I have been a fan of Dan Brown for a decade or more. I love the descriptions in Da Vinci Code, I love his ability to keep me turning the pages in Angels and Demons. So when I went to a conference in York a couple of years ago, (all aspiring writers), I was shocked at how disparaging people were about him as an author (although none of them had sold millions of copies of their books). It struck me then that writing styles are intensely personal. What one reader loves another one will hate.
I was struggling to find my voice at this time and really didn't know what I was doing. When I got back from a truly great weekend, I realised I needed to understand the anatomy of a novel. Just at that point an email advert dropped into my Facebook stream advertising a masterclass with Dan Brown.
I signed up, paid my £90 and logged onto the most brilliant set of online webinars and workbooks. Now, I am not saying this these are the best; there are loads out there to choose from. Some are cheaper, others more expensive but my point is that it hit me at the right time in a voice I could relate to and respect. As far as I was concerned I was going to learn from one of my favourite authors.
He taught me how to structure my novel in a way that would keep readers engaged and turning the page.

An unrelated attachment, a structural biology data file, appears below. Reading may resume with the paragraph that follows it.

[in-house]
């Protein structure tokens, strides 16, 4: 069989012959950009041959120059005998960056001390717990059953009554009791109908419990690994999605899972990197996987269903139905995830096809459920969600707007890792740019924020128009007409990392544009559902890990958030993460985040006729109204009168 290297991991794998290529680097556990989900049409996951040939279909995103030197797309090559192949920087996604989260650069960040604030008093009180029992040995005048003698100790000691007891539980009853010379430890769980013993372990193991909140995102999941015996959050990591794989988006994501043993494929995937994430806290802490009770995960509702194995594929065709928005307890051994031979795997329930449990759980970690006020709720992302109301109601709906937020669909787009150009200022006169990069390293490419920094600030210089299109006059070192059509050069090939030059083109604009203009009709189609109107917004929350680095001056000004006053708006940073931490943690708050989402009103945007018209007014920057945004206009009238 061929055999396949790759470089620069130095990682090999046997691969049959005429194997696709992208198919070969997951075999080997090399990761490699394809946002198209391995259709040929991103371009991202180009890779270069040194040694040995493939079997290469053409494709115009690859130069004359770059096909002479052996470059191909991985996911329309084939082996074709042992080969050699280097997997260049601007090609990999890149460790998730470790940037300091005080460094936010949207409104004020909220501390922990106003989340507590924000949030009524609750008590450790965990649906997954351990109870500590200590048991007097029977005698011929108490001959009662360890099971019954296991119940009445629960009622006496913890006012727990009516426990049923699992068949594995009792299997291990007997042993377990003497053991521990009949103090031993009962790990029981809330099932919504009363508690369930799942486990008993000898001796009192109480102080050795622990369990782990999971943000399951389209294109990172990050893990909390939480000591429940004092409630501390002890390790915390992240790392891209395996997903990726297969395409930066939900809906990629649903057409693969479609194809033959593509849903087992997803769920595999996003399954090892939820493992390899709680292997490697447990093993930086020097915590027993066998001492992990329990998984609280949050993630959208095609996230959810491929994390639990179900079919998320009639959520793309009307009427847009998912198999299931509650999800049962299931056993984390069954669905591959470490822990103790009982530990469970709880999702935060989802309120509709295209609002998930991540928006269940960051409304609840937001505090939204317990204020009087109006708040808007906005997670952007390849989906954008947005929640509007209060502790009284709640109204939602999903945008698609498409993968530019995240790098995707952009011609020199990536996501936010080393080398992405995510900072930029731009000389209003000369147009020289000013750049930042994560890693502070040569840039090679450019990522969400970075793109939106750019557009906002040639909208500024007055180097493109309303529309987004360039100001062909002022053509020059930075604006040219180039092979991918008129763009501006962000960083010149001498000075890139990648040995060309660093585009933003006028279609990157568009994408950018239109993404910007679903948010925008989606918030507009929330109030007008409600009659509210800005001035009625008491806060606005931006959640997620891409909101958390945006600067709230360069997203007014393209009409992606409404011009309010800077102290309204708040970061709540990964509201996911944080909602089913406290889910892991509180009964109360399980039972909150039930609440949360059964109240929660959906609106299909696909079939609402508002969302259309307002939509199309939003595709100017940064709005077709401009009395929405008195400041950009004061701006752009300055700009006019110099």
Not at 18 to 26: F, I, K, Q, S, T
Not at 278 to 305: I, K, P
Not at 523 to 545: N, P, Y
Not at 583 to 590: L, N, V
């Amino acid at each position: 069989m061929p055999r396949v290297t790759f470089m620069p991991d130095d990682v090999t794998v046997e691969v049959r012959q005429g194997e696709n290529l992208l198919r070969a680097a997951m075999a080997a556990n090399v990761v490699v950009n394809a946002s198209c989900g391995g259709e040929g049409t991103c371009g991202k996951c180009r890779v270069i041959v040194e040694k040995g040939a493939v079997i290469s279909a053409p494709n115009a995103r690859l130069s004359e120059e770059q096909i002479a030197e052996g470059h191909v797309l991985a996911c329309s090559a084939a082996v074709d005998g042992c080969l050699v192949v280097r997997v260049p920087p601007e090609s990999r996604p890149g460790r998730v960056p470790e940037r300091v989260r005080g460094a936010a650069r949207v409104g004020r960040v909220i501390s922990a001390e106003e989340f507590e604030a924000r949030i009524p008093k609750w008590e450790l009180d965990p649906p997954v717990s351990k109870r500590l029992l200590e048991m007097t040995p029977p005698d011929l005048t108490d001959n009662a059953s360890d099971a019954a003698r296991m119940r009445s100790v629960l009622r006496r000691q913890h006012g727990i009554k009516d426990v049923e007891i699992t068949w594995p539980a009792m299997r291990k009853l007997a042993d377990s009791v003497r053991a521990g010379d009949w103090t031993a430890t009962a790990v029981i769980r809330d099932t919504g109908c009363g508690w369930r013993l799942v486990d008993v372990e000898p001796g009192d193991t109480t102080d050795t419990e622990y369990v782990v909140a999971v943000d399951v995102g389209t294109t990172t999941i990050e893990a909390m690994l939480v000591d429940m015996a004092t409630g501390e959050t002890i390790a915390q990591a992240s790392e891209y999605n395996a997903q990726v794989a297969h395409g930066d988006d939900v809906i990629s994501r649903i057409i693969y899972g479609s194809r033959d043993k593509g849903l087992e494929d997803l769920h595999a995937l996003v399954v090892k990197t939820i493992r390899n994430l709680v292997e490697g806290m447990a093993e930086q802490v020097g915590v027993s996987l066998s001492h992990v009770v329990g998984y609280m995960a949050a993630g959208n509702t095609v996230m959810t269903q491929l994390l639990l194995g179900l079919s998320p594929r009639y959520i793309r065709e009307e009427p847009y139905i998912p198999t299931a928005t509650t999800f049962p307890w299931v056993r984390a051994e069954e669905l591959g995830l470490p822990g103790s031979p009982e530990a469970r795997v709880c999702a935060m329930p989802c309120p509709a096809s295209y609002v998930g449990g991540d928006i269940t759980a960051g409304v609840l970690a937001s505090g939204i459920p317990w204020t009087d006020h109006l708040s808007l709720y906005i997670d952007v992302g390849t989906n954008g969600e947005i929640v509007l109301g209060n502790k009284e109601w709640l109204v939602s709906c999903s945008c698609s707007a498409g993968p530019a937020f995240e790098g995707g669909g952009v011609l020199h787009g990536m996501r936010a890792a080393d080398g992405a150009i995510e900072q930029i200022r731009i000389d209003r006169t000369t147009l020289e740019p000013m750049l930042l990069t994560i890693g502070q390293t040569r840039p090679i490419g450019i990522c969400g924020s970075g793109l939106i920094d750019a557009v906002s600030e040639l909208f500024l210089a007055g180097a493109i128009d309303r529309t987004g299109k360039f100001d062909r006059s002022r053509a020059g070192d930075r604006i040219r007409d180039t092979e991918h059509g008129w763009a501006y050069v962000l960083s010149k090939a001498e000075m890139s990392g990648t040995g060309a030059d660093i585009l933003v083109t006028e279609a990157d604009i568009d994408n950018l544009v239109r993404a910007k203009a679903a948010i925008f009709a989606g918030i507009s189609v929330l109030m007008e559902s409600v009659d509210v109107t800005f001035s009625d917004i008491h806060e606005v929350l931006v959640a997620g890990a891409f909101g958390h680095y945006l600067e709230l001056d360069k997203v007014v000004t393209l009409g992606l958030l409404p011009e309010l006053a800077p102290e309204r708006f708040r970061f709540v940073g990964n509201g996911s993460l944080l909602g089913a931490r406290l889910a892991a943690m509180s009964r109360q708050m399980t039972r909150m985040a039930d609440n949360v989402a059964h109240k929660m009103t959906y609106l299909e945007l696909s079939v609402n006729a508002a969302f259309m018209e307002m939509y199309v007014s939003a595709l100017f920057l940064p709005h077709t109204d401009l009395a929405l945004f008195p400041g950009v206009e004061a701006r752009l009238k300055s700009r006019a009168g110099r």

He shared tools and mechanisms that would build suspense, tension and give pace to my story lines.
He explained the value of research; characters, place, timelines and writing heroes and villains.
The most valuable lesson I learned was about point of view. When I looked at what I had written I suddenly understood the level of confusion and disorganisation in my writing.
I diligently went through the workbooks and watched the webinars (some more than once) and I learned so much. I approached my manuscript with a renewed sense of confidence.
Dan Brown got me to the end of my story.
So the sort of person that sits down to write a novel is someone eager to learn and produce something that others will want to read, (there are some authors who write for themselves, not their readers).
Will my novel be a best seller? I have no idea! But I do know that I am proud of it and that subsequent stories will be better because every time I learn something new about writing, it makes it's way into my process.
If you are reading this, you may well be the sort of person that sits down to write a novel. You are curious enough to look at what others have to say about it and remember the Chinese proverb; when you are ready to learn a teacher appears.